Steve recently started a thread that says “Wood is the Freedom Fuel.”
In that thread, there is some discussion of the fact that today’s cheap gas prices might be pushing some people away from woodgas technology and other alternative energy sources.
That may be true. However, I look at it as more of an opportunity to stockpile some fossil fuels at cheap prices. Like all Walmart shoppers, I like falling prices.
At some point in the future, I expect a deflation followed by a hyperinflation. Although my crack-pot economic theories are beyond the scope of this article, my point is that you might as well take advantage of cheap prices to convert your paper money into useful tangible assets when the opportunity comes up; It sure beats earning a quarter percent (or a negative quarter percent as in Japan, etc.) on your savings.
The Achilles heel of this strategy is that long term storage of refined fossil fuels is problematic.
However, various people report much longer term storage than normal. For example, the military drops some kind of chemical brick into their diesel tanks (and probably does some other stuff) to extend their shelf life up to 10 years or so, if I remember correctly.
Anyway, this thread is an invitation to share your knowledge and experiences with storing traditional fossil fuels (or other liquid fuels) for long periods of time.
My favorite is propane. You can bury a thousand gallon tank today, and come back in a hundred years, it’ll be there waiting. I intend to to exactly that one of these days…
Today’s gasoline goes bad too quickly. Diesel is better, but watch out for water and bacteria/mold.
I say charcoal also fits this list. It’s not a liquid, but it will store for thousands of years, far surpassing wood. It’s a refined fuel, in that good quality charcoal is highly valuable for smokeless cooking and small engine running.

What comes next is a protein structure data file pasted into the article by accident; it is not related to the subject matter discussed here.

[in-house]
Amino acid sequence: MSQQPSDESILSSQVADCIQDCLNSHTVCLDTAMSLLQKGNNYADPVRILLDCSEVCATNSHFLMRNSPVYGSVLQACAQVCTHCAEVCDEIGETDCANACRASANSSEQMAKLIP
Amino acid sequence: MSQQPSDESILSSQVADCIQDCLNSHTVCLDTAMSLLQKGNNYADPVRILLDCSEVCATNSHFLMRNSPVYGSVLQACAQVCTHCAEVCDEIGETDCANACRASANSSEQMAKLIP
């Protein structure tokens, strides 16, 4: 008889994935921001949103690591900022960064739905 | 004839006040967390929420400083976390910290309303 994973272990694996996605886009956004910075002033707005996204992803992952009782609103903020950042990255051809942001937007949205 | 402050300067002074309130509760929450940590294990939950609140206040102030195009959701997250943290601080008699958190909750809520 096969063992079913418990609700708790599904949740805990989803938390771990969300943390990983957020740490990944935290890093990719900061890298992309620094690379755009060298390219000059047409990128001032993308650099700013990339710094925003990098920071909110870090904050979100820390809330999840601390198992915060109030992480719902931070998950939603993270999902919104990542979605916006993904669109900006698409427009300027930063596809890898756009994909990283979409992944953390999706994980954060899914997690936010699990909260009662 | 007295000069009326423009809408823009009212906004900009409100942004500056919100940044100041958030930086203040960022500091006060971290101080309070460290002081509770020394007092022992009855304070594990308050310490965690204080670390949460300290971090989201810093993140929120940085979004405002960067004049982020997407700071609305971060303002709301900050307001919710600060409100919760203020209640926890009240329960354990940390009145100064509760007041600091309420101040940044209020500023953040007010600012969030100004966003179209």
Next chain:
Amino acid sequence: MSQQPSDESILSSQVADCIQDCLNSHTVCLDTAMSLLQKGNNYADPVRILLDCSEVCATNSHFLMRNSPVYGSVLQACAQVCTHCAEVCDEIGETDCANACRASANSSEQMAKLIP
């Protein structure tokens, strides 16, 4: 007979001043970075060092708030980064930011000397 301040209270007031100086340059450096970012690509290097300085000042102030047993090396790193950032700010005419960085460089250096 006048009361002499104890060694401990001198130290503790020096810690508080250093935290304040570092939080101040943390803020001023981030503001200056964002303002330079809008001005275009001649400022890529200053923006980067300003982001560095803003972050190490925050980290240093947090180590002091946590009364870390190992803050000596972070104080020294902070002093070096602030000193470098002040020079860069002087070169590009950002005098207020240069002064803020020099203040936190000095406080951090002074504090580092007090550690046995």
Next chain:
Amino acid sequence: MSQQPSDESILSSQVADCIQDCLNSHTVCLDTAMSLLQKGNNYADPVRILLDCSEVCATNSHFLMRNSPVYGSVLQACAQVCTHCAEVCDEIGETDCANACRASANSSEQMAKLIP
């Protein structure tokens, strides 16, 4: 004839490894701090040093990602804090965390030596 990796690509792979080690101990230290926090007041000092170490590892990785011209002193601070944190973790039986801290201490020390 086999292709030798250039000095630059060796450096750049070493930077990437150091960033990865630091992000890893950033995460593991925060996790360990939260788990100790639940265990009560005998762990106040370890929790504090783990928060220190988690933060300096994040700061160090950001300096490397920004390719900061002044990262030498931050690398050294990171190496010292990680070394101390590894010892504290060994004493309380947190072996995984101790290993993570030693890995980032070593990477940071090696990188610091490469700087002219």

Chris - I agree. Propane is one of my favorites as well.
I had not considered charcoal, although I do have a stockpile of anthracite.
Would charcoal not leach too much moisture out of the air over time?
It will draw some moisture, yes. You need to either keep it sealed and dry, or plan to dry it out again later.
Yes, Charcoal does fit the “Long Term Storage” requirement. It is a bit bulky,but not heavy. I enjoyed the Charcoal history in Japan documentary video that Don M. just put up. I am beginning to think we need wood chunks and charcoal, with maybe small engines on charcoal and big engines on wood chunks. Stationary power plants on wood chunks. Pickup Trucks on wood chunks. Propane while we can get it.
Gasoline is qualified by it’s octane rating. Diesel fuel is qualified by it’s cetane rating. If you are going to store diesel fuel, you should make sure that you have an older diesel engine to run on it. The new ones are just too finicky. The rise of the fracking industry was propelled by the junk-bond market. Both are now failing. Chris is obviously correct about propane. I’m working on woodgas because the unfolding collapse is going to be one for the history books. It isn’t going to be short term. I have 3 diesel vehicles and one diesel tractor and a couple of diesel generators. I have a stack of drums filled with diesel fuel. I WANT WOODGAS.